Penn SSP is something Rob can probably shed some light on.

UCB Extension is a solid program from what I've heard but I don't know if I'd relocate across the country for it.
 
Oct 9, 2009
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I may be mistaken (often the case), but isn't WashU's program primarily for a formal pre-med post-bacc while offering a few upper division science courses that are optional at the end? If so then that program is wrong for you.

http://ucollege.wustl.edu/programs/special-programs/post-baccalaureate-pre-medical-program

That's what I was looking at.

I like what the UT Dallas program has to offer.

There is a program at Oregon? I'm curious/a bit skeptical as to what you've found here, but please elaborate for my own curiosity

Penn SSP is something Rob can probably shed some light on.

UCB Extension is a solid program from what I've heard but I don't know if I'd relocate across the country for it.
For the Wash U program, they will adjust the courses to your needs. I've been talking to an admissions rep there. Also, since you can take ANY of the courses offered by Wash U (day courses cost $$) you have access to an impressive list of choices.

The oregon program is here http://advising.uoregon.edu/AA_Pages/AA_PreHealth_PostBac.html#degree And is also adjustable for those who already have taken prereq courses.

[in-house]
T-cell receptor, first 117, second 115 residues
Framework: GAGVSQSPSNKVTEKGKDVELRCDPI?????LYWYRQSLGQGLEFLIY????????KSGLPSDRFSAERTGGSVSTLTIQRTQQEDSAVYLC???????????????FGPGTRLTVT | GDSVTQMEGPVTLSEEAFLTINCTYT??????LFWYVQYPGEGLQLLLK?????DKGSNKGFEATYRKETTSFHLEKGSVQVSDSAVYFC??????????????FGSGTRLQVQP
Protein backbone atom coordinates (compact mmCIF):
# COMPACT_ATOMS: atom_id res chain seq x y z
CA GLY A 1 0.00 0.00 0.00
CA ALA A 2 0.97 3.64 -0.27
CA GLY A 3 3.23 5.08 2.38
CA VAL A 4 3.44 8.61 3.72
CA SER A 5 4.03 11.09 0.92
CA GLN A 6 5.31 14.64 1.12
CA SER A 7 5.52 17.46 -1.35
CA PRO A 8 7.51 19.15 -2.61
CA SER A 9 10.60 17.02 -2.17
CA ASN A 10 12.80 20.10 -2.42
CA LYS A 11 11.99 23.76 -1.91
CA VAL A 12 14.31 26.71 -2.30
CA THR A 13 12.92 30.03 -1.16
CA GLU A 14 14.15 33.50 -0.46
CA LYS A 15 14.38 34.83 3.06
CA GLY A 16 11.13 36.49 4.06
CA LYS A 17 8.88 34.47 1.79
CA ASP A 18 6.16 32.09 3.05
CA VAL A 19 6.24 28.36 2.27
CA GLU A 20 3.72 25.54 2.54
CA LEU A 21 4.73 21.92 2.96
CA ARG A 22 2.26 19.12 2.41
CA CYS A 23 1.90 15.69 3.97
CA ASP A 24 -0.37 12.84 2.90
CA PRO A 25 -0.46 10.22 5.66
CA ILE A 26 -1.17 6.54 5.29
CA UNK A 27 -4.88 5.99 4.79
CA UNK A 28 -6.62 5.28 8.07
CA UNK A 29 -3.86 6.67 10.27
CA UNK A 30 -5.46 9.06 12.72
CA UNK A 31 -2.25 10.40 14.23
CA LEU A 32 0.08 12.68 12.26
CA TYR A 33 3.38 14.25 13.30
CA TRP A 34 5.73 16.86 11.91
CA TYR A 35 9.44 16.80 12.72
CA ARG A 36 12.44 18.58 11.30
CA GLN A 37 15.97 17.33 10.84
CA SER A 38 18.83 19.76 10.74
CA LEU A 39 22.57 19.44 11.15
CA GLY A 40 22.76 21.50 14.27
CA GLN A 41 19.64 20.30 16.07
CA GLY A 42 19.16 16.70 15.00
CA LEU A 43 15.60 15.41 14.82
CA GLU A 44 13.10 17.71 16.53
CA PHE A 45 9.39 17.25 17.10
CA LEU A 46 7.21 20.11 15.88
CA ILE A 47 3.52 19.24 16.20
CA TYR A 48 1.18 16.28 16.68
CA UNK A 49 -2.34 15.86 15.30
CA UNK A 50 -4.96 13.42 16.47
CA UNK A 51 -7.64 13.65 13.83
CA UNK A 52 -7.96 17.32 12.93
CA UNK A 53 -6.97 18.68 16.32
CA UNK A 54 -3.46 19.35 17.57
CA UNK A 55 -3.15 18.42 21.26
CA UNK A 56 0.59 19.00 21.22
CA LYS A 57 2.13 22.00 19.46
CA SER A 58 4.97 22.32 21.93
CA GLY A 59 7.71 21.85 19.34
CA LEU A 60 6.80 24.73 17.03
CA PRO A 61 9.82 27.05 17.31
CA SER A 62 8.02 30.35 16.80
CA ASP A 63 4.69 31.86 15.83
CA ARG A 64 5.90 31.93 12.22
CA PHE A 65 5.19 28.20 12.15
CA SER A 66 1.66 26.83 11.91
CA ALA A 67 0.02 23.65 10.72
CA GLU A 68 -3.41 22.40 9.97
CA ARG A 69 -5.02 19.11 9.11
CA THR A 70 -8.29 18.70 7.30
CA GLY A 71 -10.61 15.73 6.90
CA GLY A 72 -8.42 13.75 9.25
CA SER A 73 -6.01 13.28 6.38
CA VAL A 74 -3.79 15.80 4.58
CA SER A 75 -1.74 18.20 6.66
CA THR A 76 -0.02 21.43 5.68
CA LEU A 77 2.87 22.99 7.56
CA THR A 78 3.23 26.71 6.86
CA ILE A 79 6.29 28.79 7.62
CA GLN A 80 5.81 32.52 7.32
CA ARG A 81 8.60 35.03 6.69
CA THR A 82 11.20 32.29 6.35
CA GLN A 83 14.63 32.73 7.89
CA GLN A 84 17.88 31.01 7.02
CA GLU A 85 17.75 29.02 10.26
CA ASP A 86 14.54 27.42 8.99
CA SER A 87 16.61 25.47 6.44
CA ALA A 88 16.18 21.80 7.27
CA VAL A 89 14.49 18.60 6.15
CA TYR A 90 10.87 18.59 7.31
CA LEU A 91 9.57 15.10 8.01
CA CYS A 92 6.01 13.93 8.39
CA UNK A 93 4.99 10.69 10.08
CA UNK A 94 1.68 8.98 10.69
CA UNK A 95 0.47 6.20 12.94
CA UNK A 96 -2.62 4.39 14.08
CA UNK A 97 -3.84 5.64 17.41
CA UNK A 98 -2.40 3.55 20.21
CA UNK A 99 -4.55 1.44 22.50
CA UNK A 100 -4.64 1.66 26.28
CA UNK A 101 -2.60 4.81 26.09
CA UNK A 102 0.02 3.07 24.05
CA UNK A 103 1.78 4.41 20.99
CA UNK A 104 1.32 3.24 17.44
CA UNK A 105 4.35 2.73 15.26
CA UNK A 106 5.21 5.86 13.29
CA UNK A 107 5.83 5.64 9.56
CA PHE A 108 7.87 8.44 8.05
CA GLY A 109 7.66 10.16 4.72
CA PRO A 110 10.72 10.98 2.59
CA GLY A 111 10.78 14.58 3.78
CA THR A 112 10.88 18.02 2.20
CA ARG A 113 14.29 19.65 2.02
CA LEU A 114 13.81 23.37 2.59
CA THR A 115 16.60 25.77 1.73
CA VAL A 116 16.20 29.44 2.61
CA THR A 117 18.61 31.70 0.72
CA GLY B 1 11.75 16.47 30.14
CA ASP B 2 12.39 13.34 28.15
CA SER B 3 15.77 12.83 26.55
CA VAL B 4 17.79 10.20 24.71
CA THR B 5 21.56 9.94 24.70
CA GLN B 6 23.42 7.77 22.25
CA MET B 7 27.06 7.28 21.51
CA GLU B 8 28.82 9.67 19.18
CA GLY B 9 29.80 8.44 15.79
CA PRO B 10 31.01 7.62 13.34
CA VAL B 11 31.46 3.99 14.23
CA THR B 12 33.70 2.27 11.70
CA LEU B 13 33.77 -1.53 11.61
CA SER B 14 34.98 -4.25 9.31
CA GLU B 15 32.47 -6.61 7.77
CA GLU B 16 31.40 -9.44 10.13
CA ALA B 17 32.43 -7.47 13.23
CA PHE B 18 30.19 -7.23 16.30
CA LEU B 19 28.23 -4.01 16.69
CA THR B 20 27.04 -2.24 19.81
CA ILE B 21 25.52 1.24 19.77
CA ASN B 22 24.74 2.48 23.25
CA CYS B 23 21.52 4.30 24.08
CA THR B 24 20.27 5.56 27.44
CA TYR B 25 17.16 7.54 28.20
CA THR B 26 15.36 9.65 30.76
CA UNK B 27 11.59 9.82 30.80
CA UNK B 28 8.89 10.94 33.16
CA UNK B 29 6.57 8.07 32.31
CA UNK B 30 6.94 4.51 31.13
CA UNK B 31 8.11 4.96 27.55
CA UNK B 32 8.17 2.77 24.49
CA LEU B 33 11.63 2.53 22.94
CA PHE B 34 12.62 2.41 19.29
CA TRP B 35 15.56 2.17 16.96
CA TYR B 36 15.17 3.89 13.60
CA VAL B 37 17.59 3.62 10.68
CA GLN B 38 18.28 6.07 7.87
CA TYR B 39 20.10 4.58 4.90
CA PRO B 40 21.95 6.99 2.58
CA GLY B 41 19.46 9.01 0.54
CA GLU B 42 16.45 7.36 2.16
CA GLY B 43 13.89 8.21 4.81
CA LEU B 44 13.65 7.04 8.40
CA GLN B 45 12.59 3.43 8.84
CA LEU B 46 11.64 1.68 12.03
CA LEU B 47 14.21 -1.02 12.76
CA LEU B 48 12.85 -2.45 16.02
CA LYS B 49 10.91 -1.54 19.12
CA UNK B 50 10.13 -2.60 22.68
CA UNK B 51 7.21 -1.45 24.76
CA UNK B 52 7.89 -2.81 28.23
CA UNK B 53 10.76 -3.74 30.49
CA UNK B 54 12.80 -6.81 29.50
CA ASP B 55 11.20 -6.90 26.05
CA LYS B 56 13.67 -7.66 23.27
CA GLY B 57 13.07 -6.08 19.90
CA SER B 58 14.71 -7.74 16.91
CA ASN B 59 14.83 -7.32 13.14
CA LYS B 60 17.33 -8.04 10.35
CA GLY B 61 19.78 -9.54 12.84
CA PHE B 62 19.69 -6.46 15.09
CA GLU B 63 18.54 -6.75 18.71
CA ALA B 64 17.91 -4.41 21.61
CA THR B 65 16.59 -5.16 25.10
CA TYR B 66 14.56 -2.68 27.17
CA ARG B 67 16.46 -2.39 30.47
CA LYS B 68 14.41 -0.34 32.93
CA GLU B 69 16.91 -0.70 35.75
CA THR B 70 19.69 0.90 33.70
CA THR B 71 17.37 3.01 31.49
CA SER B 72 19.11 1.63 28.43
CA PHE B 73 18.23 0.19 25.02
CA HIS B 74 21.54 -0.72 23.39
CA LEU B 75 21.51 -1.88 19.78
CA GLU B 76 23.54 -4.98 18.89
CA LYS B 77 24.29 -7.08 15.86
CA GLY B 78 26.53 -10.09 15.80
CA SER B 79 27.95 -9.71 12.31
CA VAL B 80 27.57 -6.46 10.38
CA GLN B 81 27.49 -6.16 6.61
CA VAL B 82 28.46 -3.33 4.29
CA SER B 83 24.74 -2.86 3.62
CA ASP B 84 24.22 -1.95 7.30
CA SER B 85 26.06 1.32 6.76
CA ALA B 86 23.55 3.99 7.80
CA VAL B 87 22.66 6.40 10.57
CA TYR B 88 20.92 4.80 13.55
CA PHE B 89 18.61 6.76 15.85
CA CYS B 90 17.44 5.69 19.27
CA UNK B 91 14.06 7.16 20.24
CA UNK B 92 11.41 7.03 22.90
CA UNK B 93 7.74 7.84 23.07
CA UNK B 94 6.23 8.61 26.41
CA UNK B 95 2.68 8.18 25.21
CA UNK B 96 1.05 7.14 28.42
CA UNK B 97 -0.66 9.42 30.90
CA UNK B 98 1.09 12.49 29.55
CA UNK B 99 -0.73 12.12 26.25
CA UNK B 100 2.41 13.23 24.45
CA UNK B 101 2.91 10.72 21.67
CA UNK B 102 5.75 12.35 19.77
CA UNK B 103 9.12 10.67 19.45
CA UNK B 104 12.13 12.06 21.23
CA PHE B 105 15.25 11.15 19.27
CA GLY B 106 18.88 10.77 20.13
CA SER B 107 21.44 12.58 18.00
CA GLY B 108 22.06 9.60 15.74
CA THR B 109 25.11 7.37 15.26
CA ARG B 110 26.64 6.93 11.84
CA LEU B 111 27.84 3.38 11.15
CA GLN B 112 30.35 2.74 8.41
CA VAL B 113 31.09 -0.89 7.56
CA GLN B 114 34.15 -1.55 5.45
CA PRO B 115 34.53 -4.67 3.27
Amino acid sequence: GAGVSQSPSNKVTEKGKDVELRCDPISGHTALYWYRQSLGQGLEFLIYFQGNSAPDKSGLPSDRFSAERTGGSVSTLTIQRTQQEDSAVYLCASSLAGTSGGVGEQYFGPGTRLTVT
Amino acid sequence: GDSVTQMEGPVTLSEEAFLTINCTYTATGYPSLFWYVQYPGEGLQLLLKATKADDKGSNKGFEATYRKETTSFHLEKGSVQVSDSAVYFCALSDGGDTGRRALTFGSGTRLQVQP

I'd love to hear more about the PENN program, it does sound like its what I need.

UT Dallas is my second choice, only because its farther away than Wash U.

I don't really want to move to california, especially as the berkley program doesn't offer any federal financial aid, just CITI bank loans. But its a good program.

I'm looking forward to talking to an advisor this afternoon, seeing what he has to say about my application and best course for improvement.

I'm also going to list out all the schools I want to apply/reapply to so I can be sure I'm meeting all the prereqs (MD and DO).

Ambam

Feeling more positive than she has for the last two months

P.S. For those who asked, no, it was not my state school that gave me an interview, it was the school that the Dr. I work for is associated with. I basically got the interview based soley on her LOR. She is an amazing lady!
 
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robflanker

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I'd love to hear more about the PENN program, it does sound like its what I need.
Have a read of the UPenn thread - go back 5 or 6 pages and feel free to ask any questions you still have about the program in that thread or PM me
 

drizzt3117

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Were you waitlisted before you got rejected? If so, you'd be eligible for the tulane acp.